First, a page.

CIMB told to explain frozen accounts or face boycott

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Problem caused by bank’s own processing error.

Two groups have slammed CIMB Bank Bhd (CIMB) for allegedly freezing 11,000 accounts without notifying the holders, especially so when the problem was caused by the bank’s own processing error.

The Malaysian Muslim Consumers Association (PPIM) and Agenda Reset Malaysia (ARM) warned that if the bank failed to address the problem in favour of the account holders, it would launch a campaign asking Malaysians to boycott the financial institution.

The problem arose after an error by CIMB left accounts frozen and their holders in debt due to “excess amounts” credited by the bank into their accounts.

At a joint press conference, ARM co-founder Ramalan Yunus told reporters that CIMB cannot just freeze their customers’ accounts without adequate notice.

He said if CIMB was not honest with its customers about what had actually happened, the NGOs would go on a drive to encourage all their customers to withdraw their money from the bank.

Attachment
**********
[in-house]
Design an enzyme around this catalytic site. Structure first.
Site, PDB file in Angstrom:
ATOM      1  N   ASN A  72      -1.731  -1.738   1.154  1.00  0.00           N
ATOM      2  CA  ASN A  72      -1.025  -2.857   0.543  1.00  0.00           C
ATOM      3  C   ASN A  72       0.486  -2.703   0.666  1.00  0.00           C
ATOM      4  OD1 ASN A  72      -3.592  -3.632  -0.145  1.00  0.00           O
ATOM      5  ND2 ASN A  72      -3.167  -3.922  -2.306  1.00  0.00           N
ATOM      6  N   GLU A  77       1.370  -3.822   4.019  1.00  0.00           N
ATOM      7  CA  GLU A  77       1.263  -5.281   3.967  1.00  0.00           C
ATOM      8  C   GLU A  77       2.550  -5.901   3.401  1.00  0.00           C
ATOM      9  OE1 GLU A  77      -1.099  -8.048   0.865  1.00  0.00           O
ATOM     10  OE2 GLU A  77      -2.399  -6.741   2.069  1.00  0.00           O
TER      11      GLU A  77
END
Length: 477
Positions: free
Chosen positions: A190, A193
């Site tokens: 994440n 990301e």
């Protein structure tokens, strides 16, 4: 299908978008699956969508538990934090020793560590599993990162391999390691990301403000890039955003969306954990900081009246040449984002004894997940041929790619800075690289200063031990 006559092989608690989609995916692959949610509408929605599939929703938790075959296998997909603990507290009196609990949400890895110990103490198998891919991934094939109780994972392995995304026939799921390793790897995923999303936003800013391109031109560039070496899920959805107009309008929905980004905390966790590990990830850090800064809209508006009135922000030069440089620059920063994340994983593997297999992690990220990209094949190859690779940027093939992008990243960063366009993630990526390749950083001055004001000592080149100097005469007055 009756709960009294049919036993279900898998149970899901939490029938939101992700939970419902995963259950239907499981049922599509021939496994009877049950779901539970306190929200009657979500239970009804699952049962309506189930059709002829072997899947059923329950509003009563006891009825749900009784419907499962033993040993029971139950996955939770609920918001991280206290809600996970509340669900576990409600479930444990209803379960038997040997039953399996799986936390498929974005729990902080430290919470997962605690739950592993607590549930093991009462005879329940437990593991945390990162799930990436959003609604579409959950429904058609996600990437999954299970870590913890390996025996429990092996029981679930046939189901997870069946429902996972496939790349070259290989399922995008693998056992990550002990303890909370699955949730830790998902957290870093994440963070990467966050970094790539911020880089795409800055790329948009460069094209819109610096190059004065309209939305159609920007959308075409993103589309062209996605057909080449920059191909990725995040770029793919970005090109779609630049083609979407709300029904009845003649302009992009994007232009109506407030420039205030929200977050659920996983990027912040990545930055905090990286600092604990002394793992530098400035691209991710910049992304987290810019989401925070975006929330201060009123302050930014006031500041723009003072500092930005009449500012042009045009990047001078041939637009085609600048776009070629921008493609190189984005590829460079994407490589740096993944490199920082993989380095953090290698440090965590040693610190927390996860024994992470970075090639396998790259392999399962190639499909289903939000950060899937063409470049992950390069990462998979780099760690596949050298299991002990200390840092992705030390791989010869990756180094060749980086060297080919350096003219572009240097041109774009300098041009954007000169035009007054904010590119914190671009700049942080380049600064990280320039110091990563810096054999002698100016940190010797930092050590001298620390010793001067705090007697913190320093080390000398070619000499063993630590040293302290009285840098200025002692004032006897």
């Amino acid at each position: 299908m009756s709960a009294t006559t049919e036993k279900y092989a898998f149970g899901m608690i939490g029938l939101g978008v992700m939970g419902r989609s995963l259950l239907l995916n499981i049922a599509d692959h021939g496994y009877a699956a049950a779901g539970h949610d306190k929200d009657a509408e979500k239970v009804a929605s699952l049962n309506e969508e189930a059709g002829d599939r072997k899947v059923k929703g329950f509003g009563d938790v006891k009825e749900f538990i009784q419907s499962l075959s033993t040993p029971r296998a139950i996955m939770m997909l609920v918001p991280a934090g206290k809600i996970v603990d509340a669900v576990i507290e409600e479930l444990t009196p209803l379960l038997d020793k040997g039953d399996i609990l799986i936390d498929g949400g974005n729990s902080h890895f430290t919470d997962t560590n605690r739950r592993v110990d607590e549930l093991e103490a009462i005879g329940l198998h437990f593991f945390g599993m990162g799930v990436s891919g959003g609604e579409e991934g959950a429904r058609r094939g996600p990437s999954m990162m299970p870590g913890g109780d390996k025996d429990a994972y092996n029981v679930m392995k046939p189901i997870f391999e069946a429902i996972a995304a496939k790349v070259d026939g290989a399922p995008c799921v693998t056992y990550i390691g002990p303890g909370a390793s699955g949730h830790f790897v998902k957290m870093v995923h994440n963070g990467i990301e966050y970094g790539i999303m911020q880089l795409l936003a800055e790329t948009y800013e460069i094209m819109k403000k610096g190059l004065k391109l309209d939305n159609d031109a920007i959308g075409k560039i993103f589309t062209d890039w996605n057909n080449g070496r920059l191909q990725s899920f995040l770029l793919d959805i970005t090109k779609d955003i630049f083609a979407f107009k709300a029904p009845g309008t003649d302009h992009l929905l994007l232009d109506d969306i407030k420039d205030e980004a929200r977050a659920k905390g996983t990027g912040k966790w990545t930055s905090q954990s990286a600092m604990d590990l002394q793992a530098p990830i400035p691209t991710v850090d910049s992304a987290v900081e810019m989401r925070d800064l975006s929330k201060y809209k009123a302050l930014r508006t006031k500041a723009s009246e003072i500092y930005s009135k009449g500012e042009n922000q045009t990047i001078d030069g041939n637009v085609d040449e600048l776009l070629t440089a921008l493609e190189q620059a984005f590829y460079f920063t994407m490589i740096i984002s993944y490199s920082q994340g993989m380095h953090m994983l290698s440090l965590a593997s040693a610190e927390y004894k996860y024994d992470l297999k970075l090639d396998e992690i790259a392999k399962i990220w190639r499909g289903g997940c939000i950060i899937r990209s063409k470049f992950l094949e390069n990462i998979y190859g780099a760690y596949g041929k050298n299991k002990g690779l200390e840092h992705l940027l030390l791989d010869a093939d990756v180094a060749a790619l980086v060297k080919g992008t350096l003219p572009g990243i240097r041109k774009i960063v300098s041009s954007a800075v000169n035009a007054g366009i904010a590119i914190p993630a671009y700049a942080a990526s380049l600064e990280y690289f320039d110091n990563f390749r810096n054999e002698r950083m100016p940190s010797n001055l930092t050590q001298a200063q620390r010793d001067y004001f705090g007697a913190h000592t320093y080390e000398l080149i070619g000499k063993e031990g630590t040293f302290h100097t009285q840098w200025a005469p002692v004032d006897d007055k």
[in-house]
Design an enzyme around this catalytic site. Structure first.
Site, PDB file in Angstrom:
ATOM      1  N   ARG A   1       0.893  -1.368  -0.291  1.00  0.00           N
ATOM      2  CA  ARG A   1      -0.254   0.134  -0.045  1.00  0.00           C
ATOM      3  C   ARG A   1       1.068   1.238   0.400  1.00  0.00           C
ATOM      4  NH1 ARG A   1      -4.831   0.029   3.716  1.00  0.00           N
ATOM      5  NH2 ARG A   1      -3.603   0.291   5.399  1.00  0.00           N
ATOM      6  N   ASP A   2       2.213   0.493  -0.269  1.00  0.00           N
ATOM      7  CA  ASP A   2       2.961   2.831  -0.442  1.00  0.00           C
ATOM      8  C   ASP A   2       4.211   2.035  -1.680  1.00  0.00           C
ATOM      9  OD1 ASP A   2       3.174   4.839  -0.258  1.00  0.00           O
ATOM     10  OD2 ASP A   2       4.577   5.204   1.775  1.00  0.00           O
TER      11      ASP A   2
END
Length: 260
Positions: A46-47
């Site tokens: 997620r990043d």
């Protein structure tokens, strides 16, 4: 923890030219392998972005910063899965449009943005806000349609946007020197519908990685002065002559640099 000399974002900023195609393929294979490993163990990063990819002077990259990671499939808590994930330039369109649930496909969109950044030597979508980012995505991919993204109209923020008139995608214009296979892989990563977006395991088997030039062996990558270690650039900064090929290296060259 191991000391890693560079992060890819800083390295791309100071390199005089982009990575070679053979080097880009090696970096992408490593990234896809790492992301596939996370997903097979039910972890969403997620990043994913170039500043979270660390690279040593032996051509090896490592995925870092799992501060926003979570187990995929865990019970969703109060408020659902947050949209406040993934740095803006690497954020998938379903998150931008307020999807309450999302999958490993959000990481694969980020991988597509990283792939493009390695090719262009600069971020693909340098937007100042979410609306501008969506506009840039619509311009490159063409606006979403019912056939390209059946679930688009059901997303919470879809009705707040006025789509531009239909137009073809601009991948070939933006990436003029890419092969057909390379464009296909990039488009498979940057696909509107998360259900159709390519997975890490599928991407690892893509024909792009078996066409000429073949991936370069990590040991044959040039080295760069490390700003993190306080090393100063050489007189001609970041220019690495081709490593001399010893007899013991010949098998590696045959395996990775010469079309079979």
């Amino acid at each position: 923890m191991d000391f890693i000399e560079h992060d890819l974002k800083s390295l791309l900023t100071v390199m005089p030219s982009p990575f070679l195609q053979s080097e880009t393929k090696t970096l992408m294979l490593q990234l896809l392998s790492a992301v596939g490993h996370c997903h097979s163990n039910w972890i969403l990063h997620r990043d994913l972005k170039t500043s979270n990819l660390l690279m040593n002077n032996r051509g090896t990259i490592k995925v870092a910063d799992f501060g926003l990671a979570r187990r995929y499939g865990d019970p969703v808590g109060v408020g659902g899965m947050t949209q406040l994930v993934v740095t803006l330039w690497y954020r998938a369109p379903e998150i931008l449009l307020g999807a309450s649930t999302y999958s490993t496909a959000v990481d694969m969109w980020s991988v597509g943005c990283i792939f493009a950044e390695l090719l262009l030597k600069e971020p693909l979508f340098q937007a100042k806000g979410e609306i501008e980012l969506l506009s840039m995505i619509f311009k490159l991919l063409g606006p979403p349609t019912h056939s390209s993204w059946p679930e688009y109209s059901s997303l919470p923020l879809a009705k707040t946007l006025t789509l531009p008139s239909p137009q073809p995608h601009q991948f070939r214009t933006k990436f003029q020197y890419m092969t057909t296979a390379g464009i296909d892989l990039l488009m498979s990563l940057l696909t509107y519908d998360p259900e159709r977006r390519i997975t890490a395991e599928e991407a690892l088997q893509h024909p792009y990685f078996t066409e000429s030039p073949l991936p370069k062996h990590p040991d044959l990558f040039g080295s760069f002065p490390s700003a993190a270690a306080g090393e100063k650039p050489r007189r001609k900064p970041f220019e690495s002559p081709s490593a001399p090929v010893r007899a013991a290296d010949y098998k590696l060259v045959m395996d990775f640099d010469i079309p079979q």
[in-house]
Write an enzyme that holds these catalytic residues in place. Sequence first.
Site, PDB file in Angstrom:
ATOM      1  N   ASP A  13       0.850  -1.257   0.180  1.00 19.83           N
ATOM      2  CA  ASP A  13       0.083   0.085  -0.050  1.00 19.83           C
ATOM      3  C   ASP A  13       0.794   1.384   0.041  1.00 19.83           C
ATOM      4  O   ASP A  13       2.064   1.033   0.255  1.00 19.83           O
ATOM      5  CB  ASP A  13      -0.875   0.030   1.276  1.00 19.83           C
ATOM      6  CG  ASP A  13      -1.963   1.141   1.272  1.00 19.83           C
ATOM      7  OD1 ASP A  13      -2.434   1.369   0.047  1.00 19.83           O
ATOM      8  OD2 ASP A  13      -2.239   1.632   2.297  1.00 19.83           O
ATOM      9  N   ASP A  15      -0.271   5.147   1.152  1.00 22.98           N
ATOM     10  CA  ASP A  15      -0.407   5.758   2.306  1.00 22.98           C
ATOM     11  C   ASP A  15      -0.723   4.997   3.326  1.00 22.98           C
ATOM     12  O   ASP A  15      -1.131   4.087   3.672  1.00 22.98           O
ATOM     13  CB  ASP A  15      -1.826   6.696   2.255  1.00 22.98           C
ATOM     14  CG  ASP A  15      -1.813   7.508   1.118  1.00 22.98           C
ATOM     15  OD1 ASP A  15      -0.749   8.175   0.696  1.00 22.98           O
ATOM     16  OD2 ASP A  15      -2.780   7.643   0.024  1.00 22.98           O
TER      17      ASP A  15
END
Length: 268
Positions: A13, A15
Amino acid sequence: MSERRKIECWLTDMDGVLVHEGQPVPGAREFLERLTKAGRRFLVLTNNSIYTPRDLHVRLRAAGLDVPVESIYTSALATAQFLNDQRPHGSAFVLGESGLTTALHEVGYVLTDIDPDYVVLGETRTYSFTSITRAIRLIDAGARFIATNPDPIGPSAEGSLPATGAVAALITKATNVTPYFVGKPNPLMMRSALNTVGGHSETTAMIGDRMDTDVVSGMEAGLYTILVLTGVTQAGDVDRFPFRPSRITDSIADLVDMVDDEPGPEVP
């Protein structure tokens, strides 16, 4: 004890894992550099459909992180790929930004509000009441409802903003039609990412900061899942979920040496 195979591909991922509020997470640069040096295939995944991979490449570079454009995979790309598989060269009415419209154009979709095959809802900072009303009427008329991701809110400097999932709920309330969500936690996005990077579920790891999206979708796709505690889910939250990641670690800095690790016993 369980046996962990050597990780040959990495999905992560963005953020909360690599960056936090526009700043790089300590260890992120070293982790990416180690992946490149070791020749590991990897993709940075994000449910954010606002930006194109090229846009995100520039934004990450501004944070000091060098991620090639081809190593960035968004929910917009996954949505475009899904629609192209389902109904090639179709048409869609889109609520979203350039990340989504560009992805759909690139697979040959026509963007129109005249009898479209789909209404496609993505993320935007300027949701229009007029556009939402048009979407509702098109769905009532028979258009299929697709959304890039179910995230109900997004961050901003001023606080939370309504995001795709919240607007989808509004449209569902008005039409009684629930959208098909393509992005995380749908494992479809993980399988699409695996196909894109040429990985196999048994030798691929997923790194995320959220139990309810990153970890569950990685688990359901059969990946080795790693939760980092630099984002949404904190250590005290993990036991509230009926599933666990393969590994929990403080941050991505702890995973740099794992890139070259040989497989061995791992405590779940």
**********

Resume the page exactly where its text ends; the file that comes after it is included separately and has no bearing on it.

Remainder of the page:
“We should boycott the bank and transfer all our money to other banks to teach it a lesson,” he said.

“If CIMB and the government keep mum on this issue, we will mobilise a civil disobedience movement.”

PPIM lead activist Nadzim Johan said CIMB needed to take responsibility for its errors.

“Whether due to the bank’s negligence or system failure, CIMB needs to take responsibility and right its wrongs.

FMT

“The central bank, too, needs to provide answers as it is the supervising body for all banks,” he said.

On Thursday, the central bank told FMT that CIMB was now trying to recover the excess amounts credited to their customers.

Bank Negara Malaysia said it had asked CIMB to ensure that whatever “recovery” measures it was taking would not burden the customers, especially those who were unaware that the excess money had flowed into their accounts.

It also said an investigation into this incident was currently in progress and that it would take appropriate supervisory and enforcement action (against CIMB) if warranted.

CIMB said it had discovered a “processing error”, which had led to a small number of customers receiving duplicate credits in their accounts. – FMT